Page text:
Bonuses: What can PTAs get more money for?

Photo: Asier/

Every colleague is happy about an extra to the regular salary. And that comes in the form of bonuses that PTA receive for good performance, for example. You can find out from us which achievements bosses can be financially rewarded for.

Good performance in the pharmacy should be rewarded, namely financially, according to two thirds of the PTA. But so far, these only play a role for a higher salary for every second, as the PTA salary report has shown. With the entry into force of the new collective agreement in Saxony, performance-based remuneration for pharmacy employees is now possible. In agreement with employees, the pharmacy management can therefore pay an extra to the standard salary not only for further training, but also for good performance.

Which regulations and assessment bases apply is written down. In addition to technical aspects, social skills, work efficiency and methodological skills are also assessed. “The goals are to improve communication and build a positive feedback culture,” says Adexa.

Rewards for PTA: It is possible

However, a pharmacist clarifies that there are still a few unanswered questions when it comes to implementation. She herself already pays her employees bonuses for special achievements. Because: “I don’t want to punish anyone, but I want to reward the really good people who are passionate about it” – for example, if overtime is done as part of an audit or employees stand in for sick colleagues several times.

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So far, she has not recorded the bonuses for PTA in the employment contract. That could change with the new collective agreement. “In my opinion, the catalog is already very successful.” Nevertheless, the pharmacist would make a few additions. Because there are other ways—even outside of a collective bargaining agreement—to reward pharmacy employees like PTA, including:

  • the payment of an additional amount for achieving a certain turnover in the HV,
  • a reward for the whole team when a set amount of upsells is achieved,
  • Bonuses for “unpopular” shifts, special engagement and/or innovative ideas as well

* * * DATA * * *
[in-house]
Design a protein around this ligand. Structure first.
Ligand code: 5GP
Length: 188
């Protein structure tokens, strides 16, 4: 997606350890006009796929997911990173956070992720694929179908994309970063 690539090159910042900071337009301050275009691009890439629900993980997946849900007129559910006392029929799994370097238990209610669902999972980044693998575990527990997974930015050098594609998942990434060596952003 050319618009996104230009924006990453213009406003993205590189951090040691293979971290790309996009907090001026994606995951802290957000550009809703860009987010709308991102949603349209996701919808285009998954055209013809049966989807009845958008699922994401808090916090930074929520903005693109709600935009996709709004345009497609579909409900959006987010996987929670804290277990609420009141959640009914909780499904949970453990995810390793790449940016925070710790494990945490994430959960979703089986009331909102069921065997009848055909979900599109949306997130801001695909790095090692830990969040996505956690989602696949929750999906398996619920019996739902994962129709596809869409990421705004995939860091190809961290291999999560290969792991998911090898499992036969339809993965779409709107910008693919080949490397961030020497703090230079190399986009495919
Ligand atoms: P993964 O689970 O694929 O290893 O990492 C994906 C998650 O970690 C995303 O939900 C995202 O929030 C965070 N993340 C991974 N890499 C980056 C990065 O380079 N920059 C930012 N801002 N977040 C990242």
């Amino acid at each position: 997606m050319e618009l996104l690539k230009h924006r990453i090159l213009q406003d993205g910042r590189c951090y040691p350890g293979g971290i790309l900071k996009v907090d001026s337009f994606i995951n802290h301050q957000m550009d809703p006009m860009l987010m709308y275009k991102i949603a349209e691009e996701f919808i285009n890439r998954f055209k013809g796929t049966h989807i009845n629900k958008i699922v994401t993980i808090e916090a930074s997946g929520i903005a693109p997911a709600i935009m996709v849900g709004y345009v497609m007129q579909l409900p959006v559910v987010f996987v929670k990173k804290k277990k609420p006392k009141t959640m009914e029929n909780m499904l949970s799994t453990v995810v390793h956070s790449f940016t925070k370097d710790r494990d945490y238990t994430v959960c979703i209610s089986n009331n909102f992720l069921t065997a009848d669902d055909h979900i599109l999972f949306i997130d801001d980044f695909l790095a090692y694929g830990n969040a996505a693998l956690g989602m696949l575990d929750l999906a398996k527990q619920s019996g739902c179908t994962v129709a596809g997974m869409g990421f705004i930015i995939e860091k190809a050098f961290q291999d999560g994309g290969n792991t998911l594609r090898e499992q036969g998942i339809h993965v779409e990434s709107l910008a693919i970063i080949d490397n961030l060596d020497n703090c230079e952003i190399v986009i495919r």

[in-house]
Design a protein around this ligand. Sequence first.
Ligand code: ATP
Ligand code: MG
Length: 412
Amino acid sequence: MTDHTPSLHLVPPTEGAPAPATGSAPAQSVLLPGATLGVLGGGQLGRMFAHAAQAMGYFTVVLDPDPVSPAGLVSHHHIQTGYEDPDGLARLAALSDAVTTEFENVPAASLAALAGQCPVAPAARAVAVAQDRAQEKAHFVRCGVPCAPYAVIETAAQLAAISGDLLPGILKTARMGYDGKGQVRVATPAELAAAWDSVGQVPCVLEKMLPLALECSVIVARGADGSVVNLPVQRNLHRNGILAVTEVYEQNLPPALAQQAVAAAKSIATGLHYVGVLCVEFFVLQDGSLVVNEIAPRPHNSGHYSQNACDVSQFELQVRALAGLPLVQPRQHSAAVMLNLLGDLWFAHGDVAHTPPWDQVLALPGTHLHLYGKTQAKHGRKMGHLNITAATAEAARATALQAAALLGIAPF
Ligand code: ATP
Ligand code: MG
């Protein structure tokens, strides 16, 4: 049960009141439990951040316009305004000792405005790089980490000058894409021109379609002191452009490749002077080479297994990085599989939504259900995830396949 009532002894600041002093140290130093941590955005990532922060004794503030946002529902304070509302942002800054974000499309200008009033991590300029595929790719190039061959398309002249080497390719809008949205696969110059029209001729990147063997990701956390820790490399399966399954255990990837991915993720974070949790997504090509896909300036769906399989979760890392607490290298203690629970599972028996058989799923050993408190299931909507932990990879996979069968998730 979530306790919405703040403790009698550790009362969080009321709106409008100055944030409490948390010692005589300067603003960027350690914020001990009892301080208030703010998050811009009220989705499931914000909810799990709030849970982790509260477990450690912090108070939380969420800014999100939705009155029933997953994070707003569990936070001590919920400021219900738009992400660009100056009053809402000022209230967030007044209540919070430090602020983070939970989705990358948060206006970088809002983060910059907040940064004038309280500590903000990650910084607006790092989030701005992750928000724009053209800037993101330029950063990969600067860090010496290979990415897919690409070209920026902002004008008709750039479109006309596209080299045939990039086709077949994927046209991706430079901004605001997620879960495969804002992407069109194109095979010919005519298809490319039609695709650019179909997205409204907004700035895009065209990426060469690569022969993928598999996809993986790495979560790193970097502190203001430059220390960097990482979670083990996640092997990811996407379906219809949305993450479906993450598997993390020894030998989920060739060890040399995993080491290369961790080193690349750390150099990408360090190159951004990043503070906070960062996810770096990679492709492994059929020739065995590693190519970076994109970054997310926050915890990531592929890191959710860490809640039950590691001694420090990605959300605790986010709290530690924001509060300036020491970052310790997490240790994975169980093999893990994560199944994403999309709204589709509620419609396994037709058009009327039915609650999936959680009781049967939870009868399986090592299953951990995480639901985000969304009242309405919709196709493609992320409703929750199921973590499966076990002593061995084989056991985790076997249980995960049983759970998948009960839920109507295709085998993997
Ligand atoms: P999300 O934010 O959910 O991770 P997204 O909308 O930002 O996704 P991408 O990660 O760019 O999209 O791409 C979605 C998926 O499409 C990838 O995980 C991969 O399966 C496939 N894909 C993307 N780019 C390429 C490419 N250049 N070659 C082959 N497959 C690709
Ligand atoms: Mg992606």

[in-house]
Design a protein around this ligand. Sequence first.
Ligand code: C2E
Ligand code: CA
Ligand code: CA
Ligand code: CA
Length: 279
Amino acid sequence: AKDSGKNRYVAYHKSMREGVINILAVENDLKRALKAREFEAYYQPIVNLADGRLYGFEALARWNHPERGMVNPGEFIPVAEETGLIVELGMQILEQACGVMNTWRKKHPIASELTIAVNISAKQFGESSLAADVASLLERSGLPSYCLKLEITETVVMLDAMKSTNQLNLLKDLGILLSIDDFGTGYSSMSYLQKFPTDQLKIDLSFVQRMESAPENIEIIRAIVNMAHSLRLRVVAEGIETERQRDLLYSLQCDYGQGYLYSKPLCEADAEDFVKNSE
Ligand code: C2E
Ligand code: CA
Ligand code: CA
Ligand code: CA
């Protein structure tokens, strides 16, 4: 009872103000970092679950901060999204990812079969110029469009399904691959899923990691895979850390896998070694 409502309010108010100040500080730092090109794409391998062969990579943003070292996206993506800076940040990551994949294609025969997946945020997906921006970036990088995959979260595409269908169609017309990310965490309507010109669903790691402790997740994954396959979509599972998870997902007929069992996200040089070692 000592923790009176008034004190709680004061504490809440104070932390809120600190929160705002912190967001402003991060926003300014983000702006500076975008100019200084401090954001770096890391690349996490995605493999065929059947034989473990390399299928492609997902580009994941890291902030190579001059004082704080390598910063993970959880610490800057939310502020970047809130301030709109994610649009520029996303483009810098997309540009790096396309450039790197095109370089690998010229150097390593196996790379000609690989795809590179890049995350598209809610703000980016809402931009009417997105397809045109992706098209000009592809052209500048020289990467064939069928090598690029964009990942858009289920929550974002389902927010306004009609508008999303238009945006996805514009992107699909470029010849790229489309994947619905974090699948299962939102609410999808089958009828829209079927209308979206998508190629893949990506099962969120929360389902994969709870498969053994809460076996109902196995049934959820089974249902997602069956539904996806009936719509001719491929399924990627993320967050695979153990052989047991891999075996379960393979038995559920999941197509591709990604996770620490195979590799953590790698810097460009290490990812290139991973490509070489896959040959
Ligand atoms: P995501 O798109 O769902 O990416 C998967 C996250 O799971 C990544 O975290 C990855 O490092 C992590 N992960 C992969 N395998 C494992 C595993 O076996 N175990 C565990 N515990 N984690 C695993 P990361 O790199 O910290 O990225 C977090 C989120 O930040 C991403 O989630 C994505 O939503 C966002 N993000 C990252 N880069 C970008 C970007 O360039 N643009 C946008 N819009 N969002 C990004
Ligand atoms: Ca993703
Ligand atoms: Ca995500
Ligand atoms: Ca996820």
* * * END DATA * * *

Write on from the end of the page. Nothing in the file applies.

• Bonuses for colleagues who support others.

Incidentally, length of service can also serve as a reason for a bonus for PTA. keyword anniversary.

Premiums for PTA: what can be measured and how?

As is so often the case, however, there is a flip side to the coin. Above all, the justice factor. The pharmacist points out that a financial incentive for a certain HV turnover could limit the willingness to work in the back office and the attempt to make more additional sales could have a negative impact on customers. The fact that employees praise colleagues from the team for their support could also be taken with different degrees of seriousness. These ambiguities alone are the reason why her team would even prefer to do without bonuses.

Attention: When paying premiums for certain services, the principle of equal treatment should always be considered, warns the tariff community of pharmacy managers in North Rhine-Westphalia.

There is also the question of how the achievement of the respective goals can best be measured. The timing also plays a role. A kind of “weekly success diary” would be conceivable for the pharmacist. Although this requires a lot of effort, it enables employees to receive direct feedback on their performance and can thus increase motivation. “I think once a year is difficult because then the motivation cannot be derived directly.” Alternatively, the measurement could be carried out monthly or quarterly.

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And then there is the financial aspect. “I treat my employees to much higher salaries, more vacation, etc., but that has to be earned somehow.” Instead of more money, the pharmacist could also consider an additional day of vacation as an incentive. “Of course, that doesn’t fit with the lack of staff, but maybe there’s a way.”

The clear goal: Bringing the great jobs in the pharmacy forward.


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Annabell Wagner has been part of the PTA IN LOVE editorial team since 2019. She is familiar with health topics, because she has been providing readers with exciting news from the world of pharmaceuticals, medicine and health policy since 2016. Annabell is a pharmacy fan and appreciates the friendly, personable and competent advice from her colleagues on site.

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